Previous epidemiological studies have reported cross-sectional associations between alcohol use and higher IOP, and IOP is a known risk factor for open-angle glaucoma (OAG). Because of this, researchers recently conducted a systematic review and meta-analysis evaluating the existing evidence for the association of alcohol use with IOP and OAG.
Three databases were independently screened and assessed. All case-control, cross-sectional and cohort studies reporting a quantitative effect estimate and 95% confidence interval for the association between alcohol use and either IOP or OAG were included. The evidence for the associations with both IOP and OAG were qualitatively summarized, and effect estimates for the association with OAG were pooled using random effects meta-analysis.
A total of 34 studies were included, with 10 reporting that habitual alcohol use is associated with higher IOP and prevalence of ocular hypertension (IOP >21mm Hg), although absolute effect sizes were small. Of the 26 studies that tested for an association with OAG, 11 met inclusion criteria for meta-analysis.
The team noted that if alcohol is not consumed at a frequency regular enough to result in sustained ocular hypotension or in the hours preceding IOP measurement, this physiological effect may not be apparent. The direct short-term effects of alcohol may be outweighed by potential indirect or long-term IOP-raising effects as well, they added.
The exact pathophysiological mechanisms in how alcohol is implicated in OAG risk are not clear, but it is known that chronic alcohol use can lead to significant peripheral neuropathy. The proposed underlying mechanisms may play a similar role in glaucomatous optic neuropathy, including oxidative stress leading to free radical damage to nerves, activation of the sympatho-adrenal and hypothalamo-pituitary-adrenal axes and nutritional deficiencies (especially thiamine).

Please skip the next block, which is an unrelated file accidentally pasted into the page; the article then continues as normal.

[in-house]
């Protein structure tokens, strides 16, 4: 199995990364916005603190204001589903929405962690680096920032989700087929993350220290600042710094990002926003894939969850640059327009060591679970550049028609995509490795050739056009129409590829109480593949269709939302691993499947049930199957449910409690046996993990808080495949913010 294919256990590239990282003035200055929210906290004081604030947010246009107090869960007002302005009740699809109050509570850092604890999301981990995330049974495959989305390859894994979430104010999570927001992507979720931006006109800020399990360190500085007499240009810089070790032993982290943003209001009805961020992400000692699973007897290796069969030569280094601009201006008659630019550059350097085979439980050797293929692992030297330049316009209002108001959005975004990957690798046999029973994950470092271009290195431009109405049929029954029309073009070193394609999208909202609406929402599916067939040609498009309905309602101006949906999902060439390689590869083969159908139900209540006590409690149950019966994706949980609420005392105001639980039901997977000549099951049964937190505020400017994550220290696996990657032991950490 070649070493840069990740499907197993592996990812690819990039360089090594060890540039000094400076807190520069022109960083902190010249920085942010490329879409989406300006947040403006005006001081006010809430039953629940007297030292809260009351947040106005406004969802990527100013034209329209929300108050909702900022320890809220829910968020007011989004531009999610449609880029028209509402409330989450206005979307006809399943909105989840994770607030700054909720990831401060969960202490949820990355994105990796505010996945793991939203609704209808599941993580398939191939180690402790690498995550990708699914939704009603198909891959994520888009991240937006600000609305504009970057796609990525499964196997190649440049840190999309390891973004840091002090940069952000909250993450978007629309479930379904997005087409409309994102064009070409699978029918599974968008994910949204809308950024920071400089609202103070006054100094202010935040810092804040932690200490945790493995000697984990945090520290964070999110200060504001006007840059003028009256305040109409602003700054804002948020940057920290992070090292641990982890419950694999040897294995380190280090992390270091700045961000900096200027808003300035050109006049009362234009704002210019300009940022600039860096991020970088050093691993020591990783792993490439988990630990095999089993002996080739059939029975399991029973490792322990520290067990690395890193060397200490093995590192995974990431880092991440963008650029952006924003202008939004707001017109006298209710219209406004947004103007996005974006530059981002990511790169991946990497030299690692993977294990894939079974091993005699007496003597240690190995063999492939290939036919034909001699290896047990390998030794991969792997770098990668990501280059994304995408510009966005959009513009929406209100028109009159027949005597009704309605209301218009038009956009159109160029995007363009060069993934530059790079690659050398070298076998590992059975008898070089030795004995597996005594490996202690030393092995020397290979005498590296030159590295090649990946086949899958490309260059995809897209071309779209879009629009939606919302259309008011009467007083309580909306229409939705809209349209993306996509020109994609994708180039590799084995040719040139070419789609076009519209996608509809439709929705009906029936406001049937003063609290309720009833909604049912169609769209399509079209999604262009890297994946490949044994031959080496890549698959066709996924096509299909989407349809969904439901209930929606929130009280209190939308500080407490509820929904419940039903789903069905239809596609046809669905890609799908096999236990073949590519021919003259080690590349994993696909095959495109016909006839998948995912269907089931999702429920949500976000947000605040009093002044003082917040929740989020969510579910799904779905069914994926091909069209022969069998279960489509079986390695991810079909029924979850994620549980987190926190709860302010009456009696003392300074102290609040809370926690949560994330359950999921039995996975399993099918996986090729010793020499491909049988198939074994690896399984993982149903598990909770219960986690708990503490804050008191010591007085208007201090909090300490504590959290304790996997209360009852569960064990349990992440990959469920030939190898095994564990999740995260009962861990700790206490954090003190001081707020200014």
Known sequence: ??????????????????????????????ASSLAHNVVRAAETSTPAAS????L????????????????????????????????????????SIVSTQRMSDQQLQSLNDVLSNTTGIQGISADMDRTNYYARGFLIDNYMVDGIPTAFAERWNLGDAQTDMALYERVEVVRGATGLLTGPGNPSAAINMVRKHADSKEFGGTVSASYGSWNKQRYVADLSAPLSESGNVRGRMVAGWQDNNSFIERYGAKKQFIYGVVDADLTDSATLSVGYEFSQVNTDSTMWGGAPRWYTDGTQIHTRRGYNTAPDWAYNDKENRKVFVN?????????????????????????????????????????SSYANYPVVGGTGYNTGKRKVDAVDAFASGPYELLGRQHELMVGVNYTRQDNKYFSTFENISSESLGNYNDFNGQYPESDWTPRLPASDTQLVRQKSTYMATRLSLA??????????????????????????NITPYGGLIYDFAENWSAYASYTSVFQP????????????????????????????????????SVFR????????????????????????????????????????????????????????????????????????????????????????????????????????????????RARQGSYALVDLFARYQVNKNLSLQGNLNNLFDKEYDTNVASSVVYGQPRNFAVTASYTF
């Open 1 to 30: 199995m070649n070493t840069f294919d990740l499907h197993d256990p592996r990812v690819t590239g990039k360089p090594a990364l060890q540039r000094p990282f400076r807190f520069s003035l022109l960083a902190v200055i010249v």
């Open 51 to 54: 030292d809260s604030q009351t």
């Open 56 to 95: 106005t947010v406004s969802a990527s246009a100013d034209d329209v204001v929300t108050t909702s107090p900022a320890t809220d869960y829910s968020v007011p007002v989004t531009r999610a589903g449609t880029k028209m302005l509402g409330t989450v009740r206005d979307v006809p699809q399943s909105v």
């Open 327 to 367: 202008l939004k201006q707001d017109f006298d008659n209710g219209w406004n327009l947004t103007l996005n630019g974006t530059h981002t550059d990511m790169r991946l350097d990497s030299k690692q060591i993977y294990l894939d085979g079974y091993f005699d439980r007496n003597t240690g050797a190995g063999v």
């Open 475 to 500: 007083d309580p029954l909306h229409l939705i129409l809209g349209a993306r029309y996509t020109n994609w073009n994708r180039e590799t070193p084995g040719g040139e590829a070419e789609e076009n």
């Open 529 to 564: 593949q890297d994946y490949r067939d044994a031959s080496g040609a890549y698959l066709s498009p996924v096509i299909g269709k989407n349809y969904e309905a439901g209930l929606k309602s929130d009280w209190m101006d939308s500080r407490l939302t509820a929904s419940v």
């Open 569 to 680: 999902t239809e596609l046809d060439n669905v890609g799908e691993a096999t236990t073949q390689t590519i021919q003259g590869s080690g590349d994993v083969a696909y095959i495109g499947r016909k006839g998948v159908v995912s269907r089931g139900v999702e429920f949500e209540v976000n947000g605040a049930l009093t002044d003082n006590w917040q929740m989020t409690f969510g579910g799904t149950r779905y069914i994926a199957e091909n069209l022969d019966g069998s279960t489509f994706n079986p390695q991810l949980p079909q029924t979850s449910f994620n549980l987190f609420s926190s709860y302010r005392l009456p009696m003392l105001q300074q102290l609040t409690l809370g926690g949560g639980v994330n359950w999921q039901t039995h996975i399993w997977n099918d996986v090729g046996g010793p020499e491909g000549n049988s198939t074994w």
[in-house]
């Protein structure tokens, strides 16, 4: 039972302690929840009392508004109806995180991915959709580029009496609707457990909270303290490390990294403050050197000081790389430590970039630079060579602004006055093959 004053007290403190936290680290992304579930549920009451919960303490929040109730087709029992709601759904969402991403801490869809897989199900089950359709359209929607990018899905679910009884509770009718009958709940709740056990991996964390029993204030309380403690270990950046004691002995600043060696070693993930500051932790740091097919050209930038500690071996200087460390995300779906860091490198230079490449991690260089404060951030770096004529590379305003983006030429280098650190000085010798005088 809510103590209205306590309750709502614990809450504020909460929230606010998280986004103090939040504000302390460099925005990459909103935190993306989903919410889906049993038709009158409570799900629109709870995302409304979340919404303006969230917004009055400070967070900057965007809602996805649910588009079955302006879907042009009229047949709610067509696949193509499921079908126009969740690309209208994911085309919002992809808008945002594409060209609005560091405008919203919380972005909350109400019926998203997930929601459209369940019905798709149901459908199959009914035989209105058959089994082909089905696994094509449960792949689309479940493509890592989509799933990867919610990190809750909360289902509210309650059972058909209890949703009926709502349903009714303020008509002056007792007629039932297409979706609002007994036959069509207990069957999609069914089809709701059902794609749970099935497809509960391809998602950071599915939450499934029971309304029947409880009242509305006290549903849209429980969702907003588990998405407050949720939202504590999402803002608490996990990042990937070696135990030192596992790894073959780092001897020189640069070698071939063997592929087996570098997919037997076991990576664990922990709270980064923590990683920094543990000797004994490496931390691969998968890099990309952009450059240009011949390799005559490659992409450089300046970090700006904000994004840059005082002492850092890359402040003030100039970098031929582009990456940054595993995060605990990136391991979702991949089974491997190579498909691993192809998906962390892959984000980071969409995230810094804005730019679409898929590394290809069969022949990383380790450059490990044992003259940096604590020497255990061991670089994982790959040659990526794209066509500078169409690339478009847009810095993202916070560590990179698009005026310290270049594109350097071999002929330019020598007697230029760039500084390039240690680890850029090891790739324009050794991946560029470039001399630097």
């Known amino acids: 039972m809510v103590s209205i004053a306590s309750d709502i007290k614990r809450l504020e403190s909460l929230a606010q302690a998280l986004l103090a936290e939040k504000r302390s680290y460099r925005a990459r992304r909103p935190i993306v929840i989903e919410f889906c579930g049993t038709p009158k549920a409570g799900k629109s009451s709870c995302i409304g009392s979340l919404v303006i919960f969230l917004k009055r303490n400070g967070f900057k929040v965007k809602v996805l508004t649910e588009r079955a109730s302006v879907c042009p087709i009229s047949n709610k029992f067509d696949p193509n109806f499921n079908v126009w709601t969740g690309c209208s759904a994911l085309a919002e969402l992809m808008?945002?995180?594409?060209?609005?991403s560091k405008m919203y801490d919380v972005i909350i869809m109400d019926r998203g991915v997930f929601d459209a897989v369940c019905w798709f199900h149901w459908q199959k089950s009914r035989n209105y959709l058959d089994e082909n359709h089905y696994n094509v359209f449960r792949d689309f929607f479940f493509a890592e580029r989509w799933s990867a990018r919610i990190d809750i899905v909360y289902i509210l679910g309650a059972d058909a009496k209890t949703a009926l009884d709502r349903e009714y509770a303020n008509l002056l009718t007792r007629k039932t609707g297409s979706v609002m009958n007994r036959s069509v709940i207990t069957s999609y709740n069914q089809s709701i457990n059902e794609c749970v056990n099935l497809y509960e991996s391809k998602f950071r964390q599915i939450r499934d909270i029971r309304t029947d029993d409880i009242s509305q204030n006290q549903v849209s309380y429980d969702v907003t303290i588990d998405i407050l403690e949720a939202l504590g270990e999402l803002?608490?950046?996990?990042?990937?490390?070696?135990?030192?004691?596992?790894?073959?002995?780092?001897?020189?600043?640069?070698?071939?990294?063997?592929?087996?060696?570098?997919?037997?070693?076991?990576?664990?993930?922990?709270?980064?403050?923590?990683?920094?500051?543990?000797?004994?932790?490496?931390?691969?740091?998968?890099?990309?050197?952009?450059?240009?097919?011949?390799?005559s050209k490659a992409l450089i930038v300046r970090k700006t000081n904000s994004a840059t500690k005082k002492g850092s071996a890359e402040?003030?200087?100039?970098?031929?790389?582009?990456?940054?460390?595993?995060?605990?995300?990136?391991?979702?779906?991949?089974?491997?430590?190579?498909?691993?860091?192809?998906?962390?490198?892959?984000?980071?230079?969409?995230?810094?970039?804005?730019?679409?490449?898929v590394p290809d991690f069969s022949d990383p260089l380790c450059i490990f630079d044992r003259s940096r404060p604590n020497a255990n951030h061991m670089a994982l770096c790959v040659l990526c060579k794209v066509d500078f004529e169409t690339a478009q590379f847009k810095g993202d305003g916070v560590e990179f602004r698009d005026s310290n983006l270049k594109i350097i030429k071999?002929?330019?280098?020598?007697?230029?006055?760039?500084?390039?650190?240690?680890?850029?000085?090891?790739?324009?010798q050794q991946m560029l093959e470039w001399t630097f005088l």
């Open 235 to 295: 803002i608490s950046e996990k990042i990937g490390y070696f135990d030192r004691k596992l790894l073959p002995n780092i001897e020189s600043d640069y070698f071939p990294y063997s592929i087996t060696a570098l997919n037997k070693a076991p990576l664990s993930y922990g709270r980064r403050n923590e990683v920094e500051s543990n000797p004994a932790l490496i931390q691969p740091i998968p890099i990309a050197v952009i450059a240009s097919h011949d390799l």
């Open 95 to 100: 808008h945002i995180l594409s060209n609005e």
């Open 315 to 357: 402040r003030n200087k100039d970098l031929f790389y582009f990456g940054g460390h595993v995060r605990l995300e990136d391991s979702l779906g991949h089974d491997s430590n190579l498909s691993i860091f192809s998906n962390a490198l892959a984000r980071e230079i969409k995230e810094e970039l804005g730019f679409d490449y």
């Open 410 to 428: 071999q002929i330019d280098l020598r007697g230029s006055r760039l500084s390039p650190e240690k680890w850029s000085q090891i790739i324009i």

Additionally, alcohol may indirectly influence OAG risk through its association with a number of neurodegenerative and cardiovascular diseases, and it is possible that residual confounding effects may be responsible. The association between alcohol use and IOP may further contribute to OAG risk.
“This finding should be interpreted with caution, however, given the significant methodological heterogeneity and risk of bias present in the underlying evidence base, as well as the small absolute effect size and borderline statistical significance,” the authors concluded. “Further study is needed to better define and quantify these associations, but alcohol consumption should be considered a potential modifiable risk factor for the development of glaucoma. In particular, future research is needed to better define the dose-dependent associations of alcohol with various glaucoma-related outcomes and traits, as well as the gene-alcohol interactions underpinning these associations.”
Stuart KV, Madjedi K, Luben RN, et al. Alcohol, intraocular pressure and open-angle glaucoma: a systematic review and meta-analysis. Ophthalmology. January 28, 2022. [Epub ahead of print].